• View in gallery

    Congenital toxoplasmosis diagnostic algorithm for serological monitoring in infants.

  • View in gallery

    Management of 35 infected women during pregnancy.

  • View in gallery

    Flow diagram representing the diagnostic method used to confirm congenital toxoplasmosis.

  • 1.

    Bessières M-H, Cassaing S, Fillaux J, Berrebi A, 2008. Toxoplasmose et grossesse. Revue Francophone des Laboratoires 2008: 3950.

  • 2.

    Bouratbine A, Siala E, Chahed MK, Aoun K, Ben Ismail R, 2001. Sero-epidemiologic profile of toxoplasmosis in northern Tunisia. Parasite 8: 6166.

  • 3.

    Sellami H, Amri H, Cheikhrouhou F, Sellami A, Makni F, Trabelsi H, Trabelsi K, Guermazi M, Ayadi A, 2010. Toxoplasmosis in Sfax, Tunisia. Bull Soc Pathol Exot 103: 3740.

    • Search Google Scholar
    • Export Citation
  • 4.

    Ben Abdallah R, Siala E, Bouafsoun A, Maatoug R, Souissi O, Aoun K, Bouratbine A, 2013. Toxoplasmosis mother-to-child screening: study of cases followed in the Pasteur Institute of Tunis (2007–2010). Bull Soc Pathol Exot 106: 108112.

    • Search Google Scholar
    • Export Citation
  • 5.

    Bessières M, Berrebi A, Cassaing S, Fillaux J, Cambus J, Berry A, Assouline C, Ayoubi J, Magnaval J, 2009. Diagnosis of congenital toxoplasmosis: prenatal and neonatal evaluation of methods used in Toulouse University Hospital and incidence of congenital toxoplasmosis. Mem Inst Oswaldo Cruz 104: 389392.

    • Search Google Scholar
    • Export Citation
  • 6.

    Robert-Gangneux F, Gavinet M-F, Ancelle T, Raymond J, Tourte-Schaefer C, Dupouy-Camet J, 1999. Value of prenatal diagnosis and early postnatal diagnosis of congenital toxoplasmosis: retrospective study of 110 cases. J Clin Microbiol 37: 28932898.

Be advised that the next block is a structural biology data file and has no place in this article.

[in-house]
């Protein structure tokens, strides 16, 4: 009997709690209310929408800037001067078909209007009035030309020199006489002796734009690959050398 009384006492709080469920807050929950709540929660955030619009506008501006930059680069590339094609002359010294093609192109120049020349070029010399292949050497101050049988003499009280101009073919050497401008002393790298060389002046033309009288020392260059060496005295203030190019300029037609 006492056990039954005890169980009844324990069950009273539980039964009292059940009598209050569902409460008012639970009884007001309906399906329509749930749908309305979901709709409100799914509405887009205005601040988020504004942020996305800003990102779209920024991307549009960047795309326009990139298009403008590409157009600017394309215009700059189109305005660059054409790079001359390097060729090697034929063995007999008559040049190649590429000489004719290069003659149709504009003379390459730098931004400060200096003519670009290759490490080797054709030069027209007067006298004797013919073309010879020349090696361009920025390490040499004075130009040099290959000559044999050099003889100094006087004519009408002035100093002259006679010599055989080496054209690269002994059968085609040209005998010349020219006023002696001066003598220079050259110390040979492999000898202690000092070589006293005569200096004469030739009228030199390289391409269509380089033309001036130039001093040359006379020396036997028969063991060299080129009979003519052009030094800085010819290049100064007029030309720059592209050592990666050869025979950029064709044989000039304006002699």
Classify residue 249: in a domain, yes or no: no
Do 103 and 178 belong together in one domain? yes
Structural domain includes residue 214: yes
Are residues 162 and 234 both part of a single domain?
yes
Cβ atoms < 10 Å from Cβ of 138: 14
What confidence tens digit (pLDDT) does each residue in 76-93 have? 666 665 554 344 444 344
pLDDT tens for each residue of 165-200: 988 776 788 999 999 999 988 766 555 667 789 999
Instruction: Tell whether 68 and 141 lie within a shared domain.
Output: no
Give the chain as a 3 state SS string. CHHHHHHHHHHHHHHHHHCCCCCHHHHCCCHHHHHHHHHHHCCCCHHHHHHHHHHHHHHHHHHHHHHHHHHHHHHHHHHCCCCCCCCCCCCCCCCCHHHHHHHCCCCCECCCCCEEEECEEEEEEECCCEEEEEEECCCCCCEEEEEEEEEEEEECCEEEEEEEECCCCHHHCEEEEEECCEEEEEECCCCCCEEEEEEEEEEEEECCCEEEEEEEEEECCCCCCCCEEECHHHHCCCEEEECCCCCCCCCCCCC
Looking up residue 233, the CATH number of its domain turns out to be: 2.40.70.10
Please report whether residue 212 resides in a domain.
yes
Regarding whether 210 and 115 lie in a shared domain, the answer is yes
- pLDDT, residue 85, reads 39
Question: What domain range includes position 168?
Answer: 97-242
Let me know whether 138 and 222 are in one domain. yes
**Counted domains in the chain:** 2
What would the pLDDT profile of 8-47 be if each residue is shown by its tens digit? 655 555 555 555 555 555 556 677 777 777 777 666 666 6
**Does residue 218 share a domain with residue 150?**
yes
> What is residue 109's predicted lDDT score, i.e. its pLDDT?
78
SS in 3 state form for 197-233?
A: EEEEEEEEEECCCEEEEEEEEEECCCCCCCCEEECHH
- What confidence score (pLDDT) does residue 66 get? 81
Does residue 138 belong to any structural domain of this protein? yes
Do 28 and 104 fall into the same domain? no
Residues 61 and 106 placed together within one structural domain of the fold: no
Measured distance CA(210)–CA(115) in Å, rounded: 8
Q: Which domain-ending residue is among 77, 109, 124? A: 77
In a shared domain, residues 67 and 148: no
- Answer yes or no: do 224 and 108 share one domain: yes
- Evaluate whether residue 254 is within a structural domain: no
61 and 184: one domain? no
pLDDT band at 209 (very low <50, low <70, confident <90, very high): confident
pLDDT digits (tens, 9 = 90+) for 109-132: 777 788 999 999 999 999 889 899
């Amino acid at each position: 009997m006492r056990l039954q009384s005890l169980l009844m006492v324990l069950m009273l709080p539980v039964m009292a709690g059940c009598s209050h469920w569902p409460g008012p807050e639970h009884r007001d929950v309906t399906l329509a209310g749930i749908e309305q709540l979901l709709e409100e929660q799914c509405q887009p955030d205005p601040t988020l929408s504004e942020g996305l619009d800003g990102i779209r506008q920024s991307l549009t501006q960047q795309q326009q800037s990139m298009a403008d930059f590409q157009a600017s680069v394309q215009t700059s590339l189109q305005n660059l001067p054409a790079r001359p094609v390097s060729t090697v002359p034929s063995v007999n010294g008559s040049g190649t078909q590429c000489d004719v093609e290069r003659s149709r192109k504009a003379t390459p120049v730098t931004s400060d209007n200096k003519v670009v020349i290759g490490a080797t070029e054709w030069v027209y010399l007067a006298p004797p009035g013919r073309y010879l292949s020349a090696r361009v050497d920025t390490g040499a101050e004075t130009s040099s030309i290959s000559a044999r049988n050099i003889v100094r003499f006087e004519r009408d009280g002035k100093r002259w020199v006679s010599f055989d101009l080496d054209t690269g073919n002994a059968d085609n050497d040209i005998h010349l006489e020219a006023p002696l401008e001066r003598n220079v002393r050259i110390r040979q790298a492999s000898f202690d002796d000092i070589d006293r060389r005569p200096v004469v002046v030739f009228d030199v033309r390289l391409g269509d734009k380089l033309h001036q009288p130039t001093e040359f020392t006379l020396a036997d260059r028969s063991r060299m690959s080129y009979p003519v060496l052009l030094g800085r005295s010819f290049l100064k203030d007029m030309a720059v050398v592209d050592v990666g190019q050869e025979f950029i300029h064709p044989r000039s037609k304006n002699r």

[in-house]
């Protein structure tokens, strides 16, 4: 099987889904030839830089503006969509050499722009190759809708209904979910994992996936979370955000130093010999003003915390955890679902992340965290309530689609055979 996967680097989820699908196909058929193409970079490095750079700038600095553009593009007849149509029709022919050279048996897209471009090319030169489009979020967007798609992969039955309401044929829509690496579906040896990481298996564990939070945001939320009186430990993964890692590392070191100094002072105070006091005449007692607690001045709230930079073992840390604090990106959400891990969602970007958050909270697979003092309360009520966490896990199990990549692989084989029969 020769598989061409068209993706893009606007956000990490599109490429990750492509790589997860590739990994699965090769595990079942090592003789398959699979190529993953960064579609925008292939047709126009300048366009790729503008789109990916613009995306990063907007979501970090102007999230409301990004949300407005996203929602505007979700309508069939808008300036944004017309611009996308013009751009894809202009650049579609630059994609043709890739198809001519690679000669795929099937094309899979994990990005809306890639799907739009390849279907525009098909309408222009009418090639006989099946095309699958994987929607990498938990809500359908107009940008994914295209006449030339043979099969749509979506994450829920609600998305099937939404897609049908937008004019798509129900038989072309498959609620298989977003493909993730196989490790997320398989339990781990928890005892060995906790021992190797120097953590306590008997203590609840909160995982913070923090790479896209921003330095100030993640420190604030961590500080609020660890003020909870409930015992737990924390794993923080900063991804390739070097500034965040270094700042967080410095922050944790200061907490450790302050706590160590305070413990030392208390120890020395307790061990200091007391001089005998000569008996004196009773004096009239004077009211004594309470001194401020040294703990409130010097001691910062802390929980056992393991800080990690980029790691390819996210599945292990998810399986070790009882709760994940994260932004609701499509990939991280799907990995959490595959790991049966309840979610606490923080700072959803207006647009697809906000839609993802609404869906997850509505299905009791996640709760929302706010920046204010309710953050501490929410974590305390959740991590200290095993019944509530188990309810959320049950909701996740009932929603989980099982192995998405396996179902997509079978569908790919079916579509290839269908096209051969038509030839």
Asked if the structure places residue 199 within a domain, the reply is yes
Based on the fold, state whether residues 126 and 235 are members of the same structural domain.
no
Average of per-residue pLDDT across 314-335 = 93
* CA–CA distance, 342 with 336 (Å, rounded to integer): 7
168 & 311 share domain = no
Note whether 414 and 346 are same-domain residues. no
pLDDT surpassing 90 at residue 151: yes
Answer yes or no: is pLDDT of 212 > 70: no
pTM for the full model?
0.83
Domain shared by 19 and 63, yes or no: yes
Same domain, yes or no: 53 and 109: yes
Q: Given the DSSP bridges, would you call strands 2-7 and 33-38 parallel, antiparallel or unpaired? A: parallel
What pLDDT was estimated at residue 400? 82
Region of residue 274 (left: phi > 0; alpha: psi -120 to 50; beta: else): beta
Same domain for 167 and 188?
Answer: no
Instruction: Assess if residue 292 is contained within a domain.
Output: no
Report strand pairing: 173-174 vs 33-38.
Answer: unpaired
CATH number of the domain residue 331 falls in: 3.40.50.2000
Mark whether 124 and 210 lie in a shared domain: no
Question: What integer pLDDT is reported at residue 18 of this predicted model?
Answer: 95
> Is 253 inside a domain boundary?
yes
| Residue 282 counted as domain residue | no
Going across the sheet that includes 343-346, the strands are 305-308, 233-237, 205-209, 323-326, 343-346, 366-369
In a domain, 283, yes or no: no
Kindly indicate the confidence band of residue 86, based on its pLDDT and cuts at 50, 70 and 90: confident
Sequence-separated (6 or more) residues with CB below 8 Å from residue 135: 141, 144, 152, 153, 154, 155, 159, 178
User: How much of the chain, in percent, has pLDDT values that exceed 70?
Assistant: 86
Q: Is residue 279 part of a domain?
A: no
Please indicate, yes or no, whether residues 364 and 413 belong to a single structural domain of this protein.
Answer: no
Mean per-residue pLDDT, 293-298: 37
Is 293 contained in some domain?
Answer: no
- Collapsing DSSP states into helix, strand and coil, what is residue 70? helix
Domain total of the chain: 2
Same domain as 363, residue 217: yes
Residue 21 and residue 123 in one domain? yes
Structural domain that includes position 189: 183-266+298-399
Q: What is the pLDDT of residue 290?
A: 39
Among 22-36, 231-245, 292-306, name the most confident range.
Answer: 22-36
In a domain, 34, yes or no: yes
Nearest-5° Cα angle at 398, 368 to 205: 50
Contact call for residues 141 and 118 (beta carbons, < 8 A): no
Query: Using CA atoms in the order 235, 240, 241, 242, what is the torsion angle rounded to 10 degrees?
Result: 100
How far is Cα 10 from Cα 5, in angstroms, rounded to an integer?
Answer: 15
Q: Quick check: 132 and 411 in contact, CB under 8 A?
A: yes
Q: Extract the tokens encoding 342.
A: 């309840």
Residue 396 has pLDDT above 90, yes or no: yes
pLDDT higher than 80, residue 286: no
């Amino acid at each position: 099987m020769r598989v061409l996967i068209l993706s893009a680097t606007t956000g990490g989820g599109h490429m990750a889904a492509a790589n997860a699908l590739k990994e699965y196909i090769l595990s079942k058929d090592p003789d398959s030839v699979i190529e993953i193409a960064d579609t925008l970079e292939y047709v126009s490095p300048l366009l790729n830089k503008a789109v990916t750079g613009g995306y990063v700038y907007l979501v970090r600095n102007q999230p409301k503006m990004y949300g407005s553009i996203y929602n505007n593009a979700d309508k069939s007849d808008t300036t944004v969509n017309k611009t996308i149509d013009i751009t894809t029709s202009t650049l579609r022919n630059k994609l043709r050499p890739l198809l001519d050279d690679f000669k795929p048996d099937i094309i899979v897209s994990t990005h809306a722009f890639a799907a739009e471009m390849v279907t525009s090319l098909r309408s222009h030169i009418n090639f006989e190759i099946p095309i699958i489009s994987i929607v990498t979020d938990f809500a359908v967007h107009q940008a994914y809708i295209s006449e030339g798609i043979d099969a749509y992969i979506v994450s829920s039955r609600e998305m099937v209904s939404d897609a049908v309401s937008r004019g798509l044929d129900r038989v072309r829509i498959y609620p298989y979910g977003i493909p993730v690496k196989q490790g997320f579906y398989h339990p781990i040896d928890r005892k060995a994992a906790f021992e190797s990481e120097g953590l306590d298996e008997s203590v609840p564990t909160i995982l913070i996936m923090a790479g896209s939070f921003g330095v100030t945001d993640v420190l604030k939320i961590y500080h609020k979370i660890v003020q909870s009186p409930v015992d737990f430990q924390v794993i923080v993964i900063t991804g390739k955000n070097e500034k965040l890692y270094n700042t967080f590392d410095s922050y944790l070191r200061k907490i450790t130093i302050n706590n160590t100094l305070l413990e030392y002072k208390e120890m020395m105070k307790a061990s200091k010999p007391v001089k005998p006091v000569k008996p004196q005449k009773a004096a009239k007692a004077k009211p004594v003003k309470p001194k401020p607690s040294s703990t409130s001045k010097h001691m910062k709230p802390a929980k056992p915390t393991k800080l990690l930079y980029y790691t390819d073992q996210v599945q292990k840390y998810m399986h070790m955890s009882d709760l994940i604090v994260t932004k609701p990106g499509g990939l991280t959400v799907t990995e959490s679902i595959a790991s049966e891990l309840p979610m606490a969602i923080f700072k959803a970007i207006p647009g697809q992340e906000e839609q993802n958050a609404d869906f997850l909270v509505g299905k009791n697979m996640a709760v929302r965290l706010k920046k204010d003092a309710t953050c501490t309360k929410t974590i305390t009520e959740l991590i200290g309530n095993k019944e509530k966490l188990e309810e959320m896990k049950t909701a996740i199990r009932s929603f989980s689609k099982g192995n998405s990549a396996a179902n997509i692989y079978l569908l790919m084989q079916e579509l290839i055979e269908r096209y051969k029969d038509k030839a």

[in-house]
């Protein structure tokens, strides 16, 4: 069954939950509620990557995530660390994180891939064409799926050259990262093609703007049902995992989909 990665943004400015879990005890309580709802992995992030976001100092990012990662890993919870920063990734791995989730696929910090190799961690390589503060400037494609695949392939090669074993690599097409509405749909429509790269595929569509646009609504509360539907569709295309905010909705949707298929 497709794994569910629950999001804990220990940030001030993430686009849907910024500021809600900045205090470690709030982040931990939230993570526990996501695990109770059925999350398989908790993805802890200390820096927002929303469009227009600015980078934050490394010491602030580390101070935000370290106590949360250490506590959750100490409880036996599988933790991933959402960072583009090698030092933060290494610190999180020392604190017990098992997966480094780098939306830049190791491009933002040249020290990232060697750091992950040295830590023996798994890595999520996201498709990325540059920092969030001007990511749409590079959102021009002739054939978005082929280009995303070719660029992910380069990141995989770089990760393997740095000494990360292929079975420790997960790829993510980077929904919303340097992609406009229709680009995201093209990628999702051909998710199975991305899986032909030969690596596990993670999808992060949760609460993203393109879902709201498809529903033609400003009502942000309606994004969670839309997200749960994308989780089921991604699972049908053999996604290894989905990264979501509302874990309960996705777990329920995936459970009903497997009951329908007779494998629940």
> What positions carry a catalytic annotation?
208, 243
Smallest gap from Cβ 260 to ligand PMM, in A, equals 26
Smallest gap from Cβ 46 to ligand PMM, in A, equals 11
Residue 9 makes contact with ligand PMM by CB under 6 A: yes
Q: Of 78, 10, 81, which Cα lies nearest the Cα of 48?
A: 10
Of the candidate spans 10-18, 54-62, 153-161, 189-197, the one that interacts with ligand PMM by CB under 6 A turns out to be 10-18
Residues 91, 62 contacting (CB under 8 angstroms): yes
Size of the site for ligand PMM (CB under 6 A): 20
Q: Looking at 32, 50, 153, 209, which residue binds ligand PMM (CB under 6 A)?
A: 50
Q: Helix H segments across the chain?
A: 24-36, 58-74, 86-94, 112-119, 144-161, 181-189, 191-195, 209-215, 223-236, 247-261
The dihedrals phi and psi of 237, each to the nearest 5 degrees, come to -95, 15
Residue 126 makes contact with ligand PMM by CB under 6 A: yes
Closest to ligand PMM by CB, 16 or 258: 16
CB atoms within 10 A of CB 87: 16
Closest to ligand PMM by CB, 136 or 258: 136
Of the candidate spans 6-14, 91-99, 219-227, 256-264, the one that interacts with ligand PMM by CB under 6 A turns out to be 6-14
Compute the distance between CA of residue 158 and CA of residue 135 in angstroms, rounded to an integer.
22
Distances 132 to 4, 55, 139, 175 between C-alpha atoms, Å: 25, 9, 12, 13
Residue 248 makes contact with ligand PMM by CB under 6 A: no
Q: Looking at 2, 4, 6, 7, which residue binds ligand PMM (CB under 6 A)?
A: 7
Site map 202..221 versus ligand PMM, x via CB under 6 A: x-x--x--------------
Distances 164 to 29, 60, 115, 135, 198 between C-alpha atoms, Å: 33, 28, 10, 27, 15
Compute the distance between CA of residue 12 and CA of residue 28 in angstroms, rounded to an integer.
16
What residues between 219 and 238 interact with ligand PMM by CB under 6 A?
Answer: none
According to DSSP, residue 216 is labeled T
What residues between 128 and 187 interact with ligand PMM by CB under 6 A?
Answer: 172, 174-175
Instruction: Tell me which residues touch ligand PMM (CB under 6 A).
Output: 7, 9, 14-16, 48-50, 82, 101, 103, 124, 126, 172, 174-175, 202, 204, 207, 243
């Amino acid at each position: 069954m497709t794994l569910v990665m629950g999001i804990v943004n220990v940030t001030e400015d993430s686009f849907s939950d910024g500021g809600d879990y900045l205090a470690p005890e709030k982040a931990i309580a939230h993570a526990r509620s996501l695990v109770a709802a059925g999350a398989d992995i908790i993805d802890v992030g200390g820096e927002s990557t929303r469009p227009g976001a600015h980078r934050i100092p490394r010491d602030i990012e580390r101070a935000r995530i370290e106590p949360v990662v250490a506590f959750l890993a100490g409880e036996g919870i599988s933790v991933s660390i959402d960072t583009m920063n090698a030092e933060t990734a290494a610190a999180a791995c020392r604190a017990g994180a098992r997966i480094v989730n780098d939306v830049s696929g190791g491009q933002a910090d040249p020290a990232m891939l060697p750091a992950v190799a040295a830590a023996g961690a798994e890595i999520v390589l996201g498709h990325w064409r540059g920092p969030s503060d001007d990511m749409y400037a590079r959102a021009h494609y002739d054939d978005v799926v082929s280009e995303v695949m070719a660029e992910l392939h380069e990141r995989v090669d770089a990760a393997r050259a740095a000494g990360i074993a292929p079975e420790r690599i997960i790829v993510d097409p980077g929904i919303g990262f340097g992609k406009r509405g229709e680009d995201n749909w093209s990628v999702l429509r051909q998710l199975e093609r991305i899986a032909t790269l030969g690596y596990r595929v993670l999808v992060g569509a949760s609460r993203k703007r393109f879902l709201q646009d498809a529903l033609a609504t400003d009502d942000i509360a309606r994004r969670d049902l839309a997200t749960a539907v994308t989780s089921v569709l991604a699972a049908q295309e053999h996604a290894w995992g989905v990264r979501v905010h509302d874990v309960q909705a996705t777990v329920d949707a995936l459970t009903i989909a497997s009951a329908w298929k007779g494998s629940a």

• Search Google Scholar
    • Export Citation
  • 7.

    Villard O, Cimon B, L’Ollivier C, Fricker-Hidalgo H, Godineau N, Houze S, Paris L, Pelloux H, Villena I, Candolfi E, 2016. Serological diagnosis of Toxoplasma gondii infection: recommendations from the French National Reference Center for Toxoplasmosis. Diagn Microbiol Infect Dis 84: 2233.

    • Search Google Scholar
    • Export Citation
  • 8.

    Machado AS, Andrade GM, Januario JN, Fernandes MD, Carneiro AC, Carneiro M, Carellos EV, Romanelli RM, Vasconcelos-Santos DV, Vitor RW, 2010. IgG and IgM western blot assay for diagnosis of congenital toxoplasmosis. Mem Inst Oswaldo Cruz 105: 757761.

    • Search Google Scholar
    • Export Citation
  • 9.

    Capobiango JD, Monica TC, Ferreira FP, Mitsuka-Bregano R, Navarro IT, Garcia JL, Reiche EM, 2016. Evaluation of the western blotting method for the diagnosis of congenital toxoplasmosis. J Pediatr (Rio J) 92: 616623.

    • Search Google Scholar
    • Export Citation
  • 10.

    Gilbert R, Thalib L, Tan H, Paul M, Wallon M, Petersen E, 2007. Screening for congenital toxoplasmosis: accuracy of immunoglobulin M and immunoglobulin A tests after birth. J Med Screen 14: 813.

    • Search Google Scholar
    • Export Citation
  • 11.

    Ben Abdallah R, Aoun K, Siala E, Souissi O, Maatoug R, Hlioui S, Bouratbine A, 2009. Congenital toxoplasmosis: clinical and biological analysis of 11 cases in Tunisia. Arch Pediatr 16: 118121.

    • Search Google Scholar
    • Export Citation
  • 12.

    Pinon JM 2001. Strategy for diagnosis of congenital toxoplasmosis: evaluation of methods comparing mothers and newborns and standard methods for postnatal detection of immunoglobulin G, M, and A antibodies. J Clin Microbiol 39: 22672271.

    • Search Google Scholar
    • Export Citation
  • 13.

    Kieffer F, Thulliez P, Kassis M, Rigourd V, Magny J, 2009. Prenatal treatment for congenital toxoplasmosis. Arch Pediatr 16: 885887.

  • 14.